On Friday afternoon in Christchurch, New Zealand, two mosques were attacked in a mass shooting, with 49 confirmed dead and 39 still in critical condition. Prime Minister Jacinda Arden has declared this “New Zealand’s darkest day,” being the largest massacre in New Zealand’s recent history. The timing is significant: Fridays are important holy and historical days in Islam and the Juma’ah afternoon prayers serve a similar function to Sunday morning church services – a time for most of the local Muslim community to come together, especially those who only come to the mosque for this one prayer a week.
I learned about the massacre at the same time I heard about the organisers for the Malaysian Women’s March being investigated for sedition by the Malaysian Government on accusations of holding “an illegal LGBT gathering.” My heart had warmed at the photos of rainbow flags and queer pride slogans taking the streets of a country I was born and raised in and now have citizenship of – but which never truly felt like home.
Both news breaking at once broke me: it brought to light how much someone like me was truly unwanted. I’m too queer, too “Other”, too much of an ex-Muslim enough for Malaysia. But I also still have “Islam” on my Muslim-country ID card with a Muslim name and a Muslim upbringing; I can’t scrub that away from me, just like I can’t scrub away my melanin. A white supremacist terrorist isn’t going to care about my complicated feelings on identity to decide whether or not to shoot me. I’ve already gotten death threats on Melbourne trams just for being brown. I saw many of my queer Malaysian peers, especially queer Muslims, grappling with a similar dilemma: caught between one group using religion to deny their existence and another claiming that their faith means they shouldn’t live.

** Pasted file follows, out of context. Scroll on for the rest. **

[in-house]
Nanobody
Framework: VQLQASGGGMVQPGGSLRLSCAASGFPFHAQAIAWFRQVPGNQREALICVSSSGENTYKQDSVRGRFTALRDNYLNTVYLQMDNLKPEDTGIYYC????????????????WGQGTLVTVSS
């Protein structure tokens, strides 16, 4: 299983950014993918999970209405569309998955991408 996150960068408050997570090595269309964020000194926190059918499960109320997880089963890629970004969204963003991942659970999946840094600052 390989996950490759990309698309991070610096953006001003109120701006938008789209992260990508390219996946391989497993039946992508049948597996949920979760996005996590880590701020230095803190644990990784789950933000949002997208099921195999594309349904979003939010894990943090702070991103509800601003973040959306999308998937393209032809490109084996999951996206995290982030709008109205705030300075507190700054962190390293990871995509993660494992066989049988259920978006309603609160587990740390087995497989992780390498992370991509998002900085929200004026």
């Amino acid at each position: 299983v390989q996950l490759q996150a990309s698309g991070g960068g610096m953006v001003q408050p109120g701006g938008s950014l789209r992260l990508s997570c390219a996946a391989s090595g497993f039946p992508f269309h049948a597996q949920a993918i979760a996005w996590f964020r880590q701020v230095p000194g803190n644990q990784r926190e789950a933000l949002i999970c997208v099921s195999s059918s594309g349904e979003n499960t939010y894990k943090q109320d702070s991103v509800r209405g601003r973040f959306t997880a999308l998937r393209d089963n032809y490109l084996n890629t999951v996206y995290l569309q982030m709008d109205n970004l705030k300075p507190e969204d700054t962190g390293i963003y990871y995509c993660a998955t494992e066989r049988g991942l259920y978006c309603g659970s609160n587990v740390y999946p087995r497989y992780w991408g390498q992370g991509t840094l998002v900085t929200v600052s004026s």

That Friday night I went to see my dear friend, jazz cabaret chanteuse and QTPOC community leader Mama Alto, perform at a local LGBTQ bookstore & performance space. I was anxious about going – I was emotionally overwhelmed, scared for my safety, feeling vulnerable and exhausted after being bombarded with all this news from every outlet. But Mama is also a queer gender-diverse brown South East Asian, so I figured she’d understand my pain.
As she sang in her Cinderella gown and talked about The Diva, about queer representation and marginalisation and singing for your life, I was hit with nightmares of someone breaking through the front door with a gun and aiming straight for us. Chaos as bookshelves and tables were upended and people tried to huddle and the damask-patterned walls turn further red and what if my cis gay white guy best friend sitting next to me tried to be the hero and take a bullet for me and I survived because of him but now his blood is on my hands…
I squeezed my best friend’s hand, trying to remind myself that nothing is happening now and nothing will likely happen, trying to focus on Mama’s voice.
Mama and I caught up backstage at the end of the show. We held each other tightly as I cried into her gown and babbled about the anxiety attack from earlier. She told me that she too was broken, that she was super late for her soundcheck because she felt that going out would put her at risk of death. But then she saw my name in the ticket booking list and she knew that there would be at least one person in the audience that would understand.
If you want to help but are feeling lost, especially if you’re not Muslim, see if there are initiatives near you like the Victorian Mosque Open Day (happening this Sunday in Melbourne) to meet your Muslim neighbours and get to know their practices. Check in with your Muslim, immigrant, refugee, and POC friends to see what help they need. Donate to the official victim support fundraiser.
In times like these, when people don’t understand us and decide that this means we shouldn’t live at all, we need to connect with the people that do understand, even if just a little bit, even if peripherally. Now, more than other, we need each other.